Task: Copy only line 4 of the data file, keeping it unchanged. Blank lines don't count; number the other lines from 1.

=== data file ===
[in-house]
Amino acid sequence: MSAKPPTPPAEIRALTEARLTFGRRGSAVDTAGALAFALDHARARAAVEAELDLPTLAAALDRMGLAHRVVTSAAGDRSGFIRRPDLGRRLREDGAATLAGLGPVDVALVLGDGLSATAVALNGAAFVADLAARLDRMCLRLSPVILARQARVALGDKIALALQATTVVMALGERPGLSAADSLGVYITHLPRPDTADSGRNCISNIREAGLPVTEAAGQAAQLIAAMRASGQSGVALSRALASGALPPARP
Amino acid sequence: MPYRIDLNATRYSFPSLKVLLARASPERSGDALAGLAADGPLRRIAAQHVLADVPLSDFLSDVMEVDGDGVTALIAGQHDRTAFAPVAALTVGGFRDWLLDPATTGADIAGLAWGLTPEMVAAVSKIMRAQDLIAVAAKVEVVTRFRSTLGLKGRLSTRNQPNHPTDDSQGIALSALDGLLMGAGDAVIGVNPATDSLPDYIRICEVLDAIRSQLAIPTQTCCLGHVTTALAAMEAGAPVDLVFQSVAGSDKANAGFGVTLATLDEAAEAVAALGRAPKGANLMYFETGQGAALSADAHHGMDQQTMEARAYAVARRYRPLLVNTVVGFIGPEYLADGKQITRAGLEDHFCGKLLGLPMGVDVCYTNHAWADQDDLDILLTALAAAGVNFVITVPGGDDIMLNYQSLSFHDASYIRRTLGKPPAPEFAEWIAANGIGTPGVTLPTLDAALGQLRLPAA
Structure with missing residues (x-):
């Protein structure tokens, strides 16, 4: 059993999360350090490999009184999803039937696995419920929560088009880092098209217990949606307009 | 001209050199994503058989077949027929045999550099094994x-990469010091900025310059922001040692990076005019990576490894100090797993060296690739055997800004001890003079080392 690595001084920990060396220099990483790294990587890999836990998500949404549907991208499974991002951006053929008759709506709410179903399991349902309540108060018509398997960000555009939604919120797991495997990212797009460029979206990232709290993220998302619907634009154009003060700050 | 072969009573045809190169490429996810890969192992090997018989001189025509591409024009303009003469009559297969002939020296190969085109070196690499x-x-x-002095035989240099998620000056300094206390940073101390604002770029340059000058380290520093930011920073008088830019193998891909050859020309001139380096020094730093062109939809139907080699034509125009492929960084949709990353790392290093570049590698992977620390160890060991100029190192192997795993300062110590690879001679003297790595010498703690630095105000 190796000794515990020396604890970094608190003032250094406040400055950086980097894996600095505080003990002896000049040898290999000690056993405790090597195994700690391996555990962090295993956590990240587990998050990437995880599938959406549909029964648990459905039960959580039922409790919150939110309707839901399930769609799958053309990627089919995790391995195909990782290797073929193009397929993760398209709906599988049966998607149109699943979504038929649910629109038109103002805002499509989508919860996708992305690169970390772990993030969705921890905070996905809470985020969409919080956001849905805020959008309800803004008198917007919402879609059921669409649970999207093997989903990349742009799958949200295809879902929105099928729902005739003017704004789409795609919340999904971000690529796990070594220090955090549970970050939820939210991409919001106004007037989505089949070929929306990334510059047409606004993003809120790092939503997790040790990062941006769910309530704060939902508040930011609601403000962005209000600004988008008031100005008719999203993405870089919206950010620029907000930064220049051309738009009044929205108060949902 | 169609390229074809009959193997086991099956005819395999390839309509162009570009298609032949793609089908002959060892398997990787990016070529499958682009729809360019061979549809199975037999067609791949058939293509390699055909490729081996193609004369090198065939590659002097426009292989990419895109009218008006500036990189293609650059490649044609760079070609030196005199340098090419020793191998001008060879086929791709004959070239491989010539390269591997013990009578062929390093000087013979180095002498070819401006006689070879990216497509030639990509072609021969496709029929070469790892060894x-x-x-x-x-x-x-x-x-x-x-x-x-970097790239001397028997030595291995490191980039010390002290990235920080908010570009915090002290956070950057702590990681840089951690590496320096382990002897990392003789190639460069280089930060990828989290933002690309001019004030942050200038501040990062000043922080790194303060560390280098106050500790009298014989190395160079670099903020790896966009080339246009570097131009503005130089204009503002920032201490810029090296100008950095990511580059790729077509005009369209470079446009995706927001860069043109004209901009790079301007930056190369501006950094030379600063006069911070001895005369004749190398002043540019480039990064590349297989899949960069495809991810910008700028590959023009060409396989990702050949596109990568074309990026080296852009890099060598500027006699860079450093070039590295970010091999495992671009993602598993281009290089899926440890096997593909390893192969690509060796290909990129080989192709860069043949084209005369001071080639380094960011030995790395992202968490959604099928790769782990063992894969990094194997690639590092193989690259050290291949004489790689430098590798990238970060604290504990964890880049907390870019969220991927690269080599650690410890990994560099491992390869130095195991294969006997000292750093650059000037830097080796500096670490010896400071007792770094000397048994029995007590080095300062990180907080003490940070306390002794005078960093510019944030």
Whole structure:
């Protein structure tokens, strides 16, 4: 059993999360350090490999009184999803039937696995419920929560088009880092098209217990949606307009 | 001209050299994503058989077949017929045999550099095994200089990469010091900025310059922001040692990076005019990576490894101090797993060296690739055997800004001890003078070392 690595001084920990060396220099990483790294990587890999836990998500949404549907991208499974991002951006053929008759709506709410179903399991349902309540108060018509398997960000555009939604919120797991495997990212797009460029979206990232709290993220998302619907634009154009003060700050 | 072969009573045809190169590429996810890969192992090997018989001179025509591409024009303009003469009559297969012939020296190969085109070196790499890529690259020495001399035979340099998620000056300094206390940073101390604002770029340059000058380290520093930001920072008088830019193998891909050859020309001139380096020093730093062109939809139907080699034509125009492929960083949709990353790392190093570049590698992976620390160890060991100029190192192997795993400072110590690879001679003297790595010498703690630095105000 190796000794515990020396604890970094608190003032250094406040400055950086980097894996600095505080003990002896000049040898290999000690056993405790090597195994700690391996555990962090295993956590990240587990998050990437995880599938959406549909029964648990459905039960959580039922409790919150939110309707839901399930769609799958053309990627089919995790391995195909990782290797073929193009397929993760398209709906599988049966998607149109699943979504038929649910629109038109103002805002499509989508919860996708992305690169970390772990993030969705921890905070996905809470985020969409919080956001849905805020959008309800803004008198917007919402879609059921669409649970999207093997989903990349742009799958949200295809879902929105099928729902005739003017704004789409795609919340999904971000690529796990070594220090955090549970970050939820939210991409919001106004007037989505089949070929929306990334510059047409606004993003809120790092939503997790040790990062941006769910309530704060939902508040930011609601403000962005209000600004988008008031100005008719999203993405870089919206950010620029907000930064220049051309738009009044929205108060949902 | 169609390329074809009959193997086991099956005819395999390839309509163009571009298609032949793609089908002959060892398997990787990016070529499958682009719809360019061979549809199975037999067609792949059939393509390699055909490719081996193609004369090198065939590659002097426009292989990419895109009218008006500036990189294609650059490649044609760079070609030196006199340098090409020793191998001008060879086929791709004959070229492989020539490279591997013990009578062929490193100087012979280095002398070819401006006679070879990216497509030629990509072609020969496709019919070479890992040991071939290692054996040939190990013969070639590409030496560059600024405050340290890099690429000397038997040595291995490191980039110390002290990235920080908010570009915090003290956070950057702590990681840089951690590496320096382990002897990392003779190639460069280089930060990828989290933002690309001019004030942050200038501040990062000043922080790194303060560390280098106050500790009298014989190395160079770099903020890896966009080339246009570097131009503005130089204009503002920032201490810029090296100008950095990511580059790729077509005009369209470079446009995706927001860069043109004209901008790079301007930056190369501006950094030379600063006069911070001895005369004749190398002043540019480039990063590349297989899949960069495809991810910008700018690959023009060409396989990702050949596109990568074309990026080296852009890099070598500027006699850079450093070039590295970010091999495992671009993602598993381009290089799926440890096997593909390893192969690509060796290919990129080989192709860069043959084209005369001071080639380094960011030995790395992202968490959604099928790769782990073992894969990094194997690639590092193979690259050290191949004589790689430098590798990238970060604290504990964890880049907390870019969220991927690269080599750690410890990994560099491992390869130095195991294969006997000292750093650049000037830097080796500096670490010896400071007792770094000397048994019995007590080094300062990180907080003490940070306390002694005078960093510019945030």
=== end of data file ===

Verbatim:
Structure with missing residues (x-):